Medford teachers, school district will continue negotiations Friday
The Medford School District and the teachers union will resume contract negotiations Friday in a closed-door session to discuss the final five, unresolved articles of the labor contract.
Bargaining teams from both parties met for nine hours Tuesday and came to tentative agreements on contract language for six other articles.
"I was satisfied with the progress we made," District Superintendent Phil Long said. "We have a lot of work to do yet, but it's not like we are starting at ground zero."
However, the points remaining to be resolved are major ones and include pension payments, working conditions, and retirement and health insurance benefits.
"We're going to start out by looking at the financials so we all have an idea of what finances are available," Long said.
Both parties may be looking at the same bottom line, but Medford Education Association president Cheryl Lashley said they have drawn different conclusions.
Five of the nine members on the union's bargaining team are math "experts" who have reviewed the budget, she said, and can "prove that the district has the money but just needs to choose to spend it on those of us that are in the classroom."
Of the remaining articles, Lashley said, teachers have the "biggest issue" with an article addressing working conditions and specifically preparation time, Lashley said.
"Under their language, the district would have the discretion and flexibility to increase our work load while also decreasing our preparation time by taking our protection," she said.
The preparation time, which for a middle school or high school teacher is about four hours a week, could be eaten up by mandatory meetings or be chopped up into a few minutes here and there throughout the day, Lashley said.
"What can I get done in 15 minutes that is really that worthwhile or productive?" she asked.
Long said the language was meant to be "flexible," not to take away prep time but to accommodate the variations in schedules of teachers of different grades at different schools.
Teachers also are unhappy with the district's proposal of a 10 percent raise to their base salary in the first year, followed by 1 percent raises in each of the next two years.
Lashley said the raise is not what it appears because teachers would be expected to pick up a 6 percent contribution to the Public Employees Retirement System that has been paid by the district and are being asked to add six days to the school year.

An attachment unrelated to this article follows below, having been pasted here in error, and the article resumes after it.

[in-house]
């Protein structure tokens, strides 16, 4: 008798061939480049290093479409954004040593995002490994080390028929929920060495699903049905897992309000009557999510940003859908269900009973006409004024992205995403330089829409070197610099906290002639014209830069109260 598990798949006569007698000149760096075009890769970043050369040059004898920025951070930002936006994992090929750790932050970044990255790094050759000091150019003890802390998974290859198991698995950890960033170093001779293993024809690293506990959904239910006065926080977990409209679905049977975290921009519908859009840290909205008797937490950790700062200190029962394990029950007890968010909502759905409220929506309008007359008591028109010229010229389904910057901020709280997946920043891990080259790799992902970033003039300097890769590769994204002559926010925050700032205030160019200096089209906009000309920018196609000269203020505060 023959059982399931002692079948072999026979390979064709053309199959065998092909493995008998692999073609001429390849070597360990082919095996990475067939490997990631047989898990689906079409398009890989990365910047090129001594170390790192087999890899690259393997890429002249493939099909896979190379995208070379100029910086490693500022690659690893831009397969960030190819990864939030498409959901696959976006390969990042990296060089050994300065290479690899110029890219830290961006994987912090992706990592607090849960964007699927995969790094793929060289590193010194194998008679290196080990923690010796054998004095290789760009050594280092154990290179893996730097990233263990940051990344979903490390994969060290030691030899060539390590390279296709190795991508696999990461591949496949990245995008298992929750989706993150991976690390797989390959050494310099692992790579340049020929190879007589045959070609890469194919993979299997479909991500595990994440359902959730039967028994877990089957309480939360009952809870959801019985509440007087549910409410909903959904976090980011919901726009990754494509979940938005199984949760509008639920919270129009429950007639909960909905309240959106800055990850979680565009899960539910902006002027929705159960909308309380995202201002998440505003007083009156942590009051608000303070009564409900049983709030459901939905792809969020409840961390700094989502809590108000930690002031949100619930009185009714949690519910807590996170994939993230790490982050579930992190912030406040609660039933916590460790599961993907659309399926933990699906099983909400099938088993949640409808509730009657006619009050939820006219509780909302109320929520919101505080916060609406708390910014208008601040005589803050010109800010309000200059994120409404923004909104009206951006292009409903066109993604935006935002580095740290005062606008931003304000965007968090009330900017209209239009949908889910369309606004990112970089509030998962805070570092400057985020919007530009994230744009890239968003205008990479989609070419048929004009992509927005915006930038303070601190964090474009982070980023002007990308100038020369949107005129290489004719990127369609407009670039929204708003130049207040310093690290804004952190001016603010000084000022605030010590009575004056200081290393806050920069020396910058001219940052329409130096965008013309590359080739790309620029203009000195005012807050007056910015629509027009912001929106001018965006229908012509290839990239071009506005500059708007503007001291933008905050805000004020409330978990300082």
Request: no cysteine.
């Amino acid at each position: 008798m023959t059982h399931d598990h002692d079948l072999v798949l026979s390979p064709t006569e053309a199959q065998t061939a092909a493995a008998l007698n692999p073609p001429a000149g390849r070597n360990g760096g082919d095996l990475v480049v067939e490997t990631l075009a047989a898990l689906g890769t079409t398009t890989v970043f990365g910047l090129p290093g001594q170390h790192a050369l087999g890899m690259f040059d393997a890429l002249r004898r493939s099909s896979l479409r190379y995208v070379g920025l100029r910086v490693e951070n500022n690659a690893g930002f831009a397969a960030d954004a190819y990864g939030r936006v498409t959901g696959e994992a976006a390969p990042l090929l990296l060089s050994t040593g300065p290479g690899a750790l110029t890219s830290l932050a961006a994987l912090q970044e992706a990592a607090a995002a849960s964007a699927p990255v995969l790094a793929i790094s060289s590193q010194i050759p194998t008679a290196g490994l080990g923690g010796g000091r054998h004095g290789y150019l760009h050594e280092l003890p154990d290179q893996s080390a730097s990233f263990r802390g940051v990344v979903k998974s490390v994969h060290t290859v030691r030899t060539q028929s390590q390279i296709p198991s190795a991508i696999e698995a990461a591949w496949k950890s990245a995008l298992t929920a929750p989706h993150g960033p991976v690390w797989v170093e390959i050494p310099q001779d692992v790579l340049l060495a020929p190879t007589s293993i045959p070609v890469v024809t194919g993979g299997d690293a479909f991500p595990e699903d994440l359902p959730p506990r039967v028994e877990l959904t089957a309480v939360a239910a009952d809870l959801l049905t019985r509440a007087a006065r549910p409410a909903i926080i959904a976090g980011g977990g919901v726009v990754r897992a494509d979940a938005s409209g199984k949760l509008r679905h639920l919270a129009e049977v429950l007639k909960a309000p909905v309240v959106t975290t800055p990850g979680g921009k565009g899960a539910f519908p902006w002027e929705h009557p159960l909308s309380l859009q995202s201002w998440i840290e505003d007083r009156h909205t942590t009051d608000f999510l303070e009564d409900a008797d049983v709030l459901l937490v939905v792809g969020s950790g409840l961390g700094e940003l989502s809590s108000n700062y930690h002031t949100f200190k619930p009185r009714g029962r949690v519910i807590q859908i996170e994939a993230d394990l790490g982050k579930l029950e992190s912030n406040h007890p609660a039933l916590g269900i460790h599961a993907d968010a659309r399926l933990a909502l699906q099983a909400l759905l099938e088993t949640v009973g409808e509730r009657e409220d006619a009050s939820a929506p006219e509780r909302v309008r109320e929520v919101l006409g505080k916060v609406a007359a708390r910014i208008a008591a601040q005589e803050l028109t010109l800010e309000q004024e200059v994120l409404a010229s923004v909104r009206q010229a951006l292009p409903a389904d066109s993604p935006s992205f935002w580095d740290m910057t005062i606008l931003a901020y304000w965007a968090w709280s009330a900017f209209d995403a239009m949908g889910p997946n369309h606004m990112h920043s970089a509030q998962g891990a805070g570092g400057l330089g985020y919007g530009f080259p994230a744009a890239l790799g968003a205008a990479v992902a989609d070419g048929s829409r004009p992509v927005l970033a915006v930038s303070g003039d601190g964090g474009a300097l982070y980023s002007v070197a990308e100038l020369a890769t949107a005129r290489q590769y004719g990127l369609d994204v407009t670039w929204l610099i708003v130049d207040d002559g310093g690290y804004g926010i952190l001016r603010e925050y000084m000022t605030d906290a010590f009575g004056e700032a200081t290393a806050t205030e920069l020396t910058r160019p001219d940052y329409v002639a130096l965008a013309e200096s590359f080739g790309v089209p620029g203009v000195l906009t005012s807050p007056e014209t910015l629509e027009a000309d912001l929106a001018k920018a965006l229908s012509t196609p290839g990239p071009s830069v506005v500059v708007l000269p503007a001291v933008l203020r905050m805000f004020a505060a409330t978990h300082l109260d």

"We want a raise," Lashley said. "We want to be paid for not only the days they want to add to the school year, but a cost of living increase as well because we have not had a cost of living increase since 2008. ... In the end, the raise comes out to less than a 1 percent increase to our pay, and we are working more days with less preparation time and a heavier work load."
The union also wants the cap on health insurance coverage removed so teachers can continue to make percentage-based contributions and not have to worry that their premiums will increase.
"The cap is a way for us to have predictable costs and also for our employees to actively participate in cost-saving measures that could reduce their costs," Long explained.
Lashley said she understands why the district wants to end an early retirement benefit that allows retirees to keep their health insurance plan, but said she would like to see it gradually phased out for the sake of teachers nearing retirement.
"We want to fight for our members who reserve that right since that is what they signed on for," she said. "That's what we want to bargain. We don't want a cliff, we want those that are close to retirement to be able to retire and not have health insurance be such an issue that they can't retire."
Long said the union's last proposal showed that the early retirement benefits wouldn't be entirely phased out until 2043 and would cost nearly twice as much as the district's proposal.
"We still have a $9.5 million additional obligation with our current contract position," he said.
The bargaining teams also will discuss the number of days in a school year.
— Teresa Thomas
Read more in Friday's paper.